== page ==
I’ve been trying to get through each day by way of to do lists the past couple of weeks. Often, they go something like this:
- Organize request list at work
- Do songwriting homework
- Look for new therapist to help with anxiety management
- Remember to eat actual meals (like a normal person)
I’m trying to stay on top of things at work (because I just accepted a promotion that takes me from direct user support into project management), and that’s a struggle. I’m also trying to stay on top of my social media engagement and news intake (because I don’t want to be paralyzed by the deluge of horror coming out of D.C. these days), and that’s a struggle, too. Self-care fits in there somewhere, which isn’t any easier than the rest of it.
I’m tired. This level of anxiety isn’t sustainable. I’m doing everything I know how to do in order to manage it, but I’ve never had such a prolonged, physical reaction to anxiety before.
And I’m not just anxious. I’m also increasingly angry. I have always had a strong, ingrained sense of justice and fair play (Hufflepuff FTW!), and this administration of rich white folks walking all over every marginalized group they can reach is maddening. I will never understand why it’s considered okay to sacrifice people in the name of profit. I will especially never understand the people who are supporting this and still claiming they have the moral high ground, but that’s perhaps a post for another day.
I would love to hear what all of you out there in the great wide world of the interwebs are doing to manage your own anxiety and anger, or even better, how you’re channeling it.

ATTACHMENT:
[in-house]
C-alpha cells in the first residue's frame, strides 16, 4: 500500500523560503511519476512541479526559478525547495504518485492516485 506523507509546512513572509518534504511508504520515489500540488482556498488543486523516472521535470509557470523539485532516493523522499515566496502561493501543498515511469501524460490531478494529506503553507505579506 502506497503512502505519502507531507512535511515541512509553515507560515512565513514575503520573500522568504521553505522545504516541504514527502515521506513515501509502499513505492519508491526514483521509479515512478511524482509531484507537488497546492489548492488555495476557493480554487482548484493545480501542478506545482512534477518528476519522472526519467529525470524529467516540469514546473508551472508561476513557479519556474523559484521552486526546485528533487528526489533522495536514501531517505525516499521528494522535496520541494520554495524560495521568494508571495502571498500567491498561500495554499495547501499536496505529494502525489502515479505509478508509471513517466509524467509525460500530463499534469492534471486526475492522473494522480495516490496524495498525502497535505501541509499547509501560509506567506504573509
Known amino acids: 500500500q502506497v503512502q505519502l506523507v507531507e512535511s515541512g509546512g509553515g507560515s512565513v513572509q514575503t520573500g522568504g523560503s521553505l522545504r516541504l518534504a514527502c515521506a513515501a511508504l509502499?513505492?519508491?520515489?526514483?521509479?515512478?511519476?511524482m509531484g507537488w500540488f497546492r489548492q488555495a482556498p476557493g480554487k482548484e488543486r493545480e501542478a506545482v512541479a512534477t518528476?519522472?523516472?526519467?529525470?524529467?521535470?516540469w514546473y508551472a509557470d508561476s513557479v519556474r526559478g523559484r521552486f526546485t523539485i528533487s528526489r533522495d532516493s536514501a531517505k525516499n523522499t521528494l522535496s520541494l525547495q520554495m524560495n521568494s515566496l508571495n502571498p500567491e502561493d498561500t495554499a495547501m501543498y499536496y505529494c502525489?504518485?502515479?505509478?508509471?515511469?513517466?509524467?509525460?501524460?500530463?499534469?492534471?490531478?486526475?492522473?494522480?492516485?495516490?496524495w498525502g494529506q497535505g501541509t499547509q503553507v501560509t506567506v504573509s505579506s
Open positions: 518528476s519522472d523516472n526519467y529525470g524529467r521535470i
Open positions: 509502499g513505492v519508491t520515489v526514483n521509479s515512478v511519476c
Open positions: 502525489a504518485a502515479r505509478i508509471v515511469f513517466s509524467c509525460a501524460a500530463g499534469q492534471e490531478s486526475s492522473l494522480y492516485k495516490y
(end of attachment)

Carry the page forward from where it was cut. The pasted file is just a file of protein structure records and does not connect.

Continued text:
I’m exhausted. It’s been less than two weeks since our new president was sworn into office, and the whole time has been a never-ending deluge of bad news. I don’t know how I’m going to get through the next handful of years with this ever-present knot in my stomach (not to mention the knots in my neck and shoulders and elsewhere in my body).
I’m struggling to find balance. I want to stay informed, about the resistance and the things we’re resisting. And I want to help spread information around. But I feel like I’m so inundated with information every time I open Facebook or go pretty much anywhere else on the internet that I just end up paralyzed.
I feel guilty about this mental paralysis, too. Because I recognize that I have a lot of privilege, and the ability to take time to feel paralyzed and not act is, in itself, a privilege. Yes, I struggle with anxiety and I’m Bipolar and deal with chronic pain, and those all have an impact on my ability to react to things productively. But I wish I was doing a better job, and I know that wishing doesn’t count for much, really.
The sheer number of different destructive things this new administration is doing is, to put it mildly, overwhelming. I know that I’m only likely to be able to stay on top of two or three issues at once, but I care about all of them, dammit, and they’re all related, really, because they’re all human issues. Picking a place to focus feels like I’m letting down whatever group I didn’t pick, and there are few things that get under my skin like feeling as though I’m a disappointment.